Session: 613. Acute Myeloid Leukemia: Clinical Studies: Poster III
Hematology Disease Topics & Pathways:
AML, Diseases, MDS, Myeloid Malignancies, Clinically relevant
Secondary acute myelogenous leukemia (sAML) is highly aggressive and molecularly heterogenous. Previous reports have demonstrated differential serum lipid expression among hemopoietic malignancies (i.e AML, myelodysplastic syndrome (MDS) and acute lymphoblastic leukemia (ALL). Such a distinct serum lipidome among hemopoietic disorders suggest “unique oncogenic metabolic addiction” of leukemia initiating cells (LICs). MDS to AML transition is characterized by clonal evolution [i.e severe aneuploidy, high P53 frequency etc.] and chemorefractoriness. However, mechanism(s) for transformation are not entirely understood. In this study, we investigate serum lipidome and “proxy” of glucose [HbA1C] metabolism among: (1) low risk, (2) high risk MDS and (3) sAML patients (pts) to identify features that may suggest disease specific vulnerabilities.
After IRB approval, 214 pts were selected for analysis. ANOVA was used to detect differential expression of total cholesterol (TC), low density lipoprotein (LDL), high-density lipoprotein (HDL), and triglycerides (TAG) among low risk, high risk and sAML pts. Multivariate linear regression model was performed to evaluate the independent effect of confounders on relevant lipid modifications observed among subtypes of MDS and sAML pts. SAS software was used for data processing.
69/214 (32.2%), 26/214 (12.1%), 35/214 (16.3%), 35/214 (16.3%), 28/214 (13.08%), 21/214 (9.8%) were sAML, very low (VLR), low (LR), intermediate (I), high (H) and very high risk (VHR) MDS. Median age (range) was 68 y (42-91), 68 y (22-87), 70 y (55-91), 76 (53-88), 72 y (60-85) and 74 y (54-84), for sAML, VLR, LR, I, H and VHR, p=0.0001. In sAML, VLR, LR, I, HR and VHR MDS TC was 177 mg/dL, 150 mg/dL, 126 mg/dL, 134 mg/dL, 125 mg/dL and 122 mg/dL, p=0.0001; LDL was 113.4 mg/dL, 81.3 mg/dL, 67.8 mg/dL, 72 mg/dL, 63.2 mg/dL and 70.8 mg/dL, p=0.0001; HDL 35.8 mg/dL, 39.2 mg/dL, 36.1 mg/dL, 40 mg/dL, 33.7 mg/dL, 32.05 mg/dL, p=0.40; TAG 134 mg/dL, 140 mg/dL, 109 mg/dL, 120 , mg/dL 134 mg/dL, 98 mg/dL, p=0.1. Given “similarities” among MDS subgroups, “MDS lipid data” was compared vs sAML. Median TC, LDL, HDL and TAG among sAML vs MDS pts was 179.1 mg/dL vs 130.4 mg/dL, p=0.0001; 113 mg/dL vs 70.1 mg/dL, p=0.0001; 38.6 mg/dL vs 36.7 mg/dL, p=0.5; 142 mg/dL vs 116.6 mg/dL, p=0.056, respectively. 20/89 (22.7%) vs 69/89 (77.53%) sAML vs MDS pts, respectively were diabetic, p=0.002, OR =2.62; 95% CI 1.40-4.90. However, data extracted from 82 pts (16 sAML and 66 MDS, each) demonstrated that hemoglobin A1C (HbA1C) was 7.84% vs 6.34%, in sAML vs MDS, respectively, p=0.009. Multivariate linear regression accounting for age, blast count, BMI, DM status and HbA1C showed that higher TC, LDL and HbA1C were independent predictors of sAML.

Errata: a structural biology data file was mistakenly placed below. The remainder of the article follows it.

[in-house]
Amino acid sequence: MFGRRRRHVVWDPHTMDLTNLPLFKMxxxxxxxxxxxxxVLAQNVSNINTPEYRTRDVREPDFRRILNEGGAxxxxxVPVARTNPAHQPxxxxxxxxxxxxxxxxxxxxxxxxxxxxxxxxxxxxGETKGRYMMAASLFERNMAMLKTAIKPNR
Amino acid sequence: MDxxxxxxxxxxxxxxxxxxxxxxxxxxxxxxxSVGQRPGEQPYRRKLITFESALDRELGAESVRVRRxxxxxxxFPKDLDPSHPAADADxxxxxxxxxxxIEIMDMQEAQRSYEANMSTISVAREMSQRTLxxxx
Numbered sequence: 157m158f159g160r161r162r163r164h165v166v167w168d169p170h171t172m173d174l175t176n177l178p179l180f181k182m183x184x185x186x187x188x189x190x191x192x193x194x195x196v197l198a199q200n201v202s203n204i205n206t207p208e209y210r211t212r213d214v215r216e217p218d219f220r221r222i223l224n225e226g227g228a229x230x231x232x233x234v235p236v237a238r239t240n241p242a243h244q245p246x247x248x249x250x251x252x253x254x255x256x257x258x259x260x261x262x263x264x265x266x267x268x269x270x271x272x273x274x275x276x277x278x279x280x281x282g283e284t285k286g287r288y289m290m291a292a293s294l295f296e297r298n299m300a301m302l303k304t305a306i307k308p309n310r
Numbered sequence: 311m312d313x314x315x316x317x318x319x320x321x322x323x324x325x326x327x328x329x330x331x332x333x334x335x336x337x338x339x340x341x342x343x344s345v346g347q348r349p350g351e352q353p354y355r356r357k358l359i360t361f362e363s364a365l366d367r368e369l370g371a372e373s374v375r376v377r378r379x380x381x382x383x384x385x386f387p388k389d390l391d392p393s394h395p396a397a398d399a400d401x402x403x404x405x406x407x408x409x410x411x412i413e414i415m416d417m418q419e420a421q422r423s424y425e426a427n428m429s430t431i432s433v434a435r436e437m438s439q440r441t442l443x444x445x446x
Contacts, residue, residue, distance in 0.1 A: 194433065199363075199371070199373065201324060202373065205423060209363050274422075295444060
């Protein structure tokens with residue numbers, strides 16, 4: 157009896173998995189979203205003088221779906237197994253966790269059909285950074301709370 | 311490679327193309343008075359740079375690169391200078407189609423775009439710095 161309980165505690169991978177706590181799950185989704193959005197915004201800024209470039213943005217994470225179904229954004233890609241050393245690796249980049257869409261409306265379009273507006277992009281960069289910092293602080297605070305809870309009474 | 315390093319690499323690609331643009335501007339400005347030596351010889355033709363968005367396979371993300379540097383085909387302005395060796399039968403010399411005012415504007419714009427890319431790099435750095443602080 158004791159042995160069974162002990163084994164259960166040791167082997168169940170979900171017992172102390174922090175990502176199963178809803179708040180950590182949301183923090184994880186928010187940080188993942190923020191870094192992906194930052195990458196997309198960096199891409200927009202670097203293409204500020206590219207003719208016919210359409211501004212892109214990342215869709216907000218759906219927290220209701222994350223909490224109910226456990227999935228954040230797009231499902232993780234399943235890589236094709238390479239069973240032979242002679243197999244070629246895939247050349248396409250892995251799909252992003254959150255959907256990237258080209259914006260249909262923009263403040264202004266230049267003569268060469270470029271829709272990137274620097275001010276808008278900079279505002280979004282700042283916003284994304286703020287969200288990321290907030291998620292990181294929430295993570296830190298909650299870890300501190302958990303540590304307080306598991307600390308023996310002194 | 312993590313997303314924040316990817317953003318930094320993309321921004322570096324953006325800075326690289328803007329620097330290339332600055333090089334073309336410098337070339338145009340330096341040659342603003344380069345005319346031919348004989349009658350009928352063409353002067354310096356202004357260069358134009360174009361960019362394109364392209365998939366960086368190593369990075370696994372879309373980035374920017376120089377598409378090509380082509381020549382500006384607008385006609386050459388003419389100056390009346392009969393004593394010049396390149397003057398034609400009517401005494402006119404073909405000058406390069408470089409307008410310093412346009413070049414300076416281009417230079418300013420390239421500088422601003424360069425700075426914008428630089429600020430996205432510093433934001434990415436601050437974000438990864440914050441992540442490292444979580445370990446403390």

While this study is restricted to demonstrate distinct lipid and metabolic profile between sAML and MDS, our results suggest blastic phase dependency on higher serum cholesterol and possibly higher advanced glycosylation. As compared to MDS, our data highlights the possibility that sAML induces serum Lipidome modifications that may “hijack endogenous lipogenesis” to favor TC, LDL and possibly TAG production. Additionally, despite larger number of patients is needed to confirm our results, higher HbA1C potentially initiates advanced glycosylation facilitating blastic conversion in MDS pts.
Disclosures: Rivero: Incyte: Membership on an entity's Board of Directors or advisory committees; agios: Membership on an entity's Board of Directors or advisory committees; celgene: Membership on an entity's Board of Directors or advisory committees.
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